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Saturday, December 9

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TV Tue Feb 03 2015

Who Wins Top Chef? A Statistical Breakdown

Top Chef ingredient breakdown
With the finale of "Top Chef Boston" airing this week, I decided to cook up some stats on my favorite cooking show. These numbers are more observatory than predictive, though they offer some fairly interesting insights into Bravo's (only watchable) show. I beat up countless data points, sliced and diced the results, and whipped up three different rankings on 1) gender of the participant, 2) his or her home state, and 3) ingredients used in winning elimination challenges. Here are my results, presented on a glistening silver platter.

Gender Rankings

In this scale, I ranked the Top 12 positions by gender across all 11 seasons. Sixty percent of the bottom three individuals (from the top twelve positions) were female, while only 40 percent were male. This trend was reversed when looking at the Top 3 -- only 36 percent were female, while 64 percent were male.This is especially relevant as there have only been two female winners in "Top Chef," compared to nine male winners.

You could say, well, that's because there were more male chefs overall. However, even after accounting for the number of people in each gender group, the average position for women is 7th place, while for men, it's 6th place. This is surprisingly not a large difference, but this disparity becomes increasingly bigger as you get further into the competition. Luckily, this has slowly changed season after season, as female chefs like Sarah Grueneberg (Season 9), Kristen Kish (Season 10), and now Mei Lin in the Boston finale display serious talent.

Another interesting layer of analysis might look at the experience level of each participant -- are they sous chefs, executive chefs, line cooks? Have they opened their own restaurant? Experiences like these would take into account leadership and culinary dexterity, both of which are obviously crucial in this show.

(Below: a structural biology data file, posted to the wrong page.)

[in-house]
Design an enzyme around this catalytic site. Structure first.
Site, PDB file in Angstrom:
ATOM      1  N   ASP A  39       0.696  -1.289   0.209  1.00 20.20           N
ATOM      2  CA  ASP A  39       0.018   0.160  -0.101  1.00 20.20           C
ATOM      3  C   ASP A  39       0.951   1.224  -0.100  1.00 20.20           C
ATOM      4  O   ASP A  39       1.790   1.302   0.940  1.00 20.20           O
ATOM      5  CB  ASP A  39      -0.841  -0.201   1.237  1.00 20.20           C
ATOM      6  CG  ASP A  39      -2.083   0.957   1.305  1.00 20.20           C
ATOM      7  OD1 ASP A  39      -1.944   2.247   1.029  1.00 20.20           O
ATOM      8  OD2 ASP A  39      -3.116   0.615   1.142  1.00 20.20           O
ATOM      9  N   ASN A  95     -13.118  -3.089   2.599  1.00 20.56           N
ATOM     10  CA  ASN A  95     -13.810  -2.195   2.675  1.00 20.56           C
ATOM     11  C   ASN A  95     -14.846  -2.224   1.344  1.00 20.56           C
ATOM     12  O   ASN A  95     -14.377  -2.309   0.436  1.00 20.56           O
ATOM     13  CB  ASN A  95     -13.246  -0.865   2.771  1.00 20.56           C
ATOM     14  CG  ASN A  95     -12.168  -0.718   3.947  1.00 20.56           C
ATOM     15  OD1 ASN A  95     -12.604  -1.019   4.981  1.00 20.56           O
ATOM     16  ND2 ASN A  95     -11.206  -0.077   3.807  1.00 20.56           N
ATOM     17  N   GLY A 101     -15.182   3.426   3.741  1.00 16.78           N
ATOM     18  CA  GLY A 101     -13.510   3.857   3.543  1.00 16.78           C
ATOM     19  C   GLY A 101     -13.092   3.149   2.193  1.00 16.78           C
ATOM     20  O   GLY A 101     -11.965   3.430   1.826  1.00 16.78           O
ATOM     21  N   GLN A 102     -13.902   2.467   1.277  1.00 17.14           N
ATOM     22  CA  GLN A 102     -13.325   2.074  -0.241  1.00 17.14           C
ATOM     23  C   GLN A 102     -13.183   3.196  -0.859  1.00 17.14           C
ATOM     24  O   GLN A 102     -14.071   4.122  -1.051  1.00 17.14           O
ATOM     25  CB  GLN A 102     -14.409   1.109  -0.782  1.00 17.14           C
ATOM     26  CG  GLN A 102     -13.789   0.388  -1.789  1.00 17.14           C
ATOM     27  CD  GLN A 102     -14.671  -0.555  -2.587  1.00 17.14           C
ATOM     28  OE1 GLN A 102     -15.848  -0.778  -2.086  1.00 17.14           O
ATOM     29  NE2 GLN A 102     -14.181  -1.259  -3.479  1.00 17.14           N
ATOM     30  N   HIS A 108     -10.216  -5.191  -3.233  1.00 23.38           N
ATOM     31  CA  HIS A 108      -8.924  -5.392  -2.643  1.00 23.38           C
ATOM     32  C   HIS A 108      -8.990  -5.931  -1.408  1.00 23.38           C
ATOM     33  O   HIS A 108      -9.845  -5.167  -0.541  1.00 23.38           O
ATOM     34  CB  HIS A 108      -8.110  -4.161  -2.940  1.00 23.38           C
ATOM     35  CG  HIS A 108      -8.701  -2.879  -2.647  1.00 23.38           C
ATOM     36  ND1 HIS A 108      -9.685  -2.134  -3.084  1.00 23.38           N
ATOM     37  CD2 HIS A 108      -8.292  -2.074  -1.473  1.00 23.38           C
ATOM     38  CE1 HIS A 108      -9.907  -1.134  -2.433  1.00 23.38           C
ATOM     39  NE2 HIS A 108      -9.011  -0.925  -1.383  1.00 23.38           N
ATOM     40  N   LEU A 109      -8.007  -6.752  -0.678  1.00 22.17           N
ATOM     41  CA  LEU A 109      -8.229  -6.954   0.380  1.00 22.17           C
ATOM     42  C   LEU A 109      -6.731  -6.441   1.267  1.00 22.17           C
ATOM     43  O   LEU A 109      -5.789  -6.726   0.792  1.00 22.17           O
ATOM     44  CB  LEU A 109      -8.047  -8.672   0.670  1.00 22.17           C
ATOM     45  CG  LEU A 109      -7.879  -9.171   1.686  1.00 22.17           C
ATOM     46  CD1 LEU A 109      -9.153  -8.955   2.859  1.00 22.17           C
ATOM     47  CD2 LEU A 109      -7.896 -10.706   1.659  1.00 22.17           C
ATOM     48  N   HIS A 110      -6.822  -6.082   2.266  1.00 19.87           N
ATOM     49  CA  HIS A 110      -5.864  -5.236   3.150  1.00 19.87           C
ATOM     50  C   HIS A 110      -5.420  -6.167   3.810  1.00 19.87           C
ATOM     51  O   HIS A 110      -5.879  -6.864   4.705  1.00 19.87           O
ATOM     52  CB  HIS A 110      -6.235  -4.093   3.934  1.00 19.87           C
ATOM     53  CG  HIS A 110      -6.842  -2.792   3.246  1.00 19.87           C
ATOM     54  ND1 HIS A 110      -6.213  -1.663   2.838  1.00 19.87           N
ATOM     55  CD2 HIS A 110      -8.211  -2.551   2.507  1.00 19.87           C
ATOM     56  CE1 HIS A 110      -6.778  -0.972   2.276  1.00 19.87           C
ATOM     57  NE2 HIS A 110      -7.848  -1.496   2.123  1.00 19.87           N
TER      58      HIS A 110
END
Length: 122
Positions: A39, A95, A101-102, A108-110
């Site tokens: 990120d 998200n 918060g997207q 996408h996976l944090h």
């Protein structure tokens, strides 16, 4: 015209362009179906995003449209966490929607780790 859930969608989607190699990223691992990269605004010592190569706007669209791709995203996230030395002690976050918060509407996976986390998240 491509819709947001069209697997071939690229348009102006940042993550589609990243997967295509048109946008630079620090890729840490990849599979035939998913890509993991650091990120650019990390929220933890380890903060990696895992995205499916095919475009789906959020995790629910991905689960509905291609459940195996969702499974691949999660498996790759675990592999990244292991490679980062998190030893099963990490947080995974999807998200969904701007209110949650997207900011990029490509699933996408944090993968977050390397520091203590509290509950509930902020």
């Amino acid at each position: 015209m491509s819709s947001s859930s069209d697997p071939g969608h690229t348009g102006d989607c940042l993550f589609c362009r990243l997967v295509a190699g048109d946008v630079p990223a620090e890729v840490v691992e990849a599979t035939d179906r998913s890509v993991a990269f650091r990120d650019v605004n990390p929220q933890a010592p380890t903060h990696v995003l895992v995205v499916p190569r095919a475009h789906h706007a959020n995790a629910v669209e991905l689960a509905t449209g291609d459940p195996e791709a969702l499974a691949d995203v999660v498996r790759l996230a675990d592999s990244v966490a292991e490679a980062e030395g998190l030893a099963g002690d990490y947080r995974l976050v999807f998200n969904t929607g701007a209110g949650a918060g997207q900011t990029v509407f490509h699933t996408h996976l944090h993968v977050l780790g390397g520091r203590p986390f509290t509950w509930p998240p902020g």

State Rankings

"Top Chef" is not an accurate reflection of the US -- in fact, fewer than half of all states have been represented. I suppose that's acceptable, as I don't know many award-winning chefs from Arkansas. That being said, I tabulated the "home" state of each of the Top 15 chefs from each season (sans season 8, which was All-Stars). Out of the 162 chefs, a whopping 26 percent came from California, followed by New York (19 percent) and Illinois (9 percent). When I looked at place rankings by state, California, New York and Illinois were all fairly similar -- the average position was about 8.7th place out of the top 15, so halfway.

A high-performing outlier was Nevada, with 10 chefs and an average ranking of 7.5th place. Texas also did pretty well -- seven chefs and an average ranking of 5.86th place. Georgia, on the other end, did pretty poorly with eight participants but an average ranking of 10.63.

Ingredient Rankings

I created 10 word clouds using all the winning elimination challenge recipes from the most recent 10 seasons. Interestingly, "chocolate" was a fairly common word across multiple seasons, which is odd considering everyone seemed to hate making dessert. Other popular words included "cream," "chicken" and "puree." Surprisingly, ravioli and fennel did not make the cut.

I also attempted to calculate whether cooking a certain protein was correlated with winning a challenge, but I did not find a pattern. I suppose you can screw up any protein if you cook it wrong.

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Feature Thu Dec 31 2015

The State of Food Writing

By Brandy Gonsoulin

In 2009, food blogging, social media and Yelp were gaining popularity, and America's revered gastronomic magazine Gourmet shuttered after 68 years in business. Former Cook's Illustrated editor-in-chief Chris Kimball followed with an editorial, stating that "The shuttering of Gourmet reminds...
Read this feature »

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